Awaiting Entry – A better contactless waiting experience for in-person interactions with businesses
As we come to terms with social distancing, limited occupancy, and the need for contact tracing, new steps have complicated the brick and mortar experience, and not just for retail. Healthcare waiting rooms, dining establishments, and even services like hair salons must now effectively utilize a human “parking lot” until they can allow more guests inside.
And then there’s the problem of notification: how do you notify those businesses that you’ve arrived? How does the business let you know that it’s your turn to shop? Is it possible to notify people that occupied a shared spaced with a confirmed COVID case of the exposure? These are all brand new questions we are facing—questions that Dan Moore, Co-Founder, CEO, and Product Lead at Vaporware, experienced firsthand before building an app that might answer all of them.
There has to be a better solution
At a recent appointment for a blood test, Dan’s experience looked a little like this: park in the lot outside the lab and pull up the email he was sent ahead of his appointment where he was instructed to click a link upon his arrival. This link took him to a form, which he then had to fill out and submit to inform the front desk that he was there, waiting for his appointment. While Dan liked the fact that he felt safer waiting in his car, he found the process a bit tedious.
I can relate. I had a very similar experience while trying to pick up takeout and was equally annoyed by the arduous, multi-step process I had to undergo to inform someone they needed to bring me my food curbside. I remember thinking, can’t I just call? And while that thought alone hurt me physically (I am a millennial), it seemed like the only other alternative to this ridiculous circus of attempting contactless communication.
Ok, back to Dan. Post-blood draw, Dan was participating in a small-business roundtable discussion on best practices for opening brick and mortar locations back up. There was a slight “spray and pray” attitude involving hand sanitizer that felt hopelessly ineffective and that’s what got Dan thinking, There has to be a better solution.
Dan and his team were quick to identify the problem businesses were currently facing—how do you get customers in the door while keeping them (and your employees) safe, all while not violating local rules on group gatherings; and make it easy.
Businesses need a way to know how many customers are waiting to enter their location, the order they arrived in (and how long they’ve been waiting), and an easy way for the business to monitor their list and contact the customer to instruct them on when (and how) to enter the store.
Customers need an easy way to add themselves to the waitlist and get confirmation that they were added. While online forms are usable on modern smartphones, they’re often clunky and can turn off users that don’t have the newest phone. SMS, on the other hand, is native to every phone, and is a technology that we’re all familiar with.
So, Dan and his team saw an opportunity to create an SMS-powered waitlist that was easy to manage for the business, and simple to get in line for customers.
After spending just a week with his team walking through ideas and user story mapping on the sidelines, Dan had a viable app in mind. The app would be web-based for retailers and utilize SMS for interacting with consumers. Within nine days, they had completed setting up their SMS and phone number integrations with Bandwidth, the Awaiting app’s landing page up, and were running manual onboarding for the early MVP (minimum viable product). Two weeks later, they had enabled self-service onboarding.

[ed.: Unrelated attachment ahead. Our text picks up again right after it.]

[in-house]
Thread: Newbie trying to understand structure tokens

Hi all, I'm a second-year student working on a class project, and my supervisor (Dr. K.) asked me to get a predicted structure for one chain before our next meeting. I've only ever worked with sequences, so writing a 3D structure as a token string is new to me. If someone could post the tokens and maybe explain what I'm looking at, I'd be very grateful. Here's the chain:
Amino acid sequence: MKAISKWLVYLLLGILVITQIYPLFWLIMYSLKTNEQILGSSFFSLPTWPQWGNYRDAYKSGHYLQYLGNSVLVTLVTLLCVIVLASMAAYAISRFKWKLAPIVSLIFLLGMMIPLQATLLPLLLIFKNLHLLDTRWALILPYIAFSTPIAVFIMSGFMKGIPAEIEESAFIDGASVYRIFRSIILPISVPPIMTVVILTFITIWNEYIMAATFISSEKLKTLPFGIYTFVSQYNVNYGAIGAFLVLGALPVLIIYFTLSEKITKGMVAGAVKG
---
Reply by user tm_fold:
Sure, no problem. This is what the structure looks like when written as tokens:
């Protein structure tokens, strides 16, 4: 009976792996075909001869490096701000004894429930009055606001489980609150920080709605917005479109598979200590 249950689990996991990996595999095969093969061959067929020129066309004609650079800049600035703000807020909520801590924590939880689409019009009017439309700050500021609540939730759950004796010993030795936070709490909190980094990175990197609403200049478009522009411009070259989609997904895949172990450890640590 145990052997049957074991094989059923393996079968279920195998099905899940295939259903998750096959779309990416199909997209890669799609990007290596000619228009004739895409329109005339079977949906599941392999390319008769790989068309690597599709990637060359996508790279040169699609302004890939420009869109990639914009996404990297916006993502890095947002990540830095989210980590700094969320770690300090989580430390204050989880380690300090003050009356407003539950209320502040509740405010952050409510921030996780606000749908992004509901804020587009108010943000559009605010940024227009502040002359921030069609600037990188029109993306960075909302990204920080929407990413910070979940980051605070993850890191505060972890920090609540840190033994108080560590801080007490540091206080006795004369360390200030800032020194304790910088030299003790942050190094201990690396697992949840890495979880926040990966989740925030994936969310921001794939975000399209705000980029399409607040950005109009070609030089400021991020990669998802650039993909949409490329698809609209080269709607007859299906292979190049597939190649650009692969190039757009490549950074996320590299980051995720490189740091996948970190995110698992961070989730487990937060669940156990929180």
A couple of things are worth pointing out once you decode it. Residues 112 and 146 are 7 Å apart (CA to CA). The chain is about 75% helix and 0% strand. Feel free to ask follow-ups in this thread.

The Awaiting app has the ability to help small businesses engage effective social distancing practices and give users an excellent customer experience. While the app does support appointments/reservations ahead of time, the main use case for these businesses is handling walk-ins. The workflow for a customer walk-in looks like this:
- Customer arrives at the business for a walk-in
- Sees a sign on the door with a number to text or QR code to scan (QR code opens pre-populated text message)
- Sends a message and receives an instant response that they’re on the list
- Customer is added to the waitlist with a notification to the store operator
- The operator clicks a button to let them in (tablet screenshot)
- Customer gets a text with instructions to come in, and heads on in
This basic setup has already proven successful and feature development requests include simple Q&A functionality for guests outside to interact with the business, wait time management for crowded events, and adding autoresponder chat bots to simplify and reduce on-site employee burdens.
I asked Dan why he wanted to go with a text-message first approach for his app. His response? “The real advantage of text messaging is that it is universal. You don’t need to download an app or have a smartphone. You can reach underserved populations and even be HIPAA compliant if you use it properly.“
There are also future applications that Dan is investigating for the Awaiting app, including managing high throughput for grocery stores and even contact tracing for stores to notify consumers who were present during a time window when an infected person was present. Dan’s team is in talks with the North Carolina DHHS to see if this would help with “outbreaks” in the future, and if it would be required by stores to keep this information to operate safely.
I, for one, am very excited about the way Dan utilized SMS to improve the customer experience in response to COVID. Our development partners at Bandwidth are truly incredible. If you’d like to learn more about our partner program, you can check it out here. If you are looking for ways to improve your user experience via SMS, get in touch!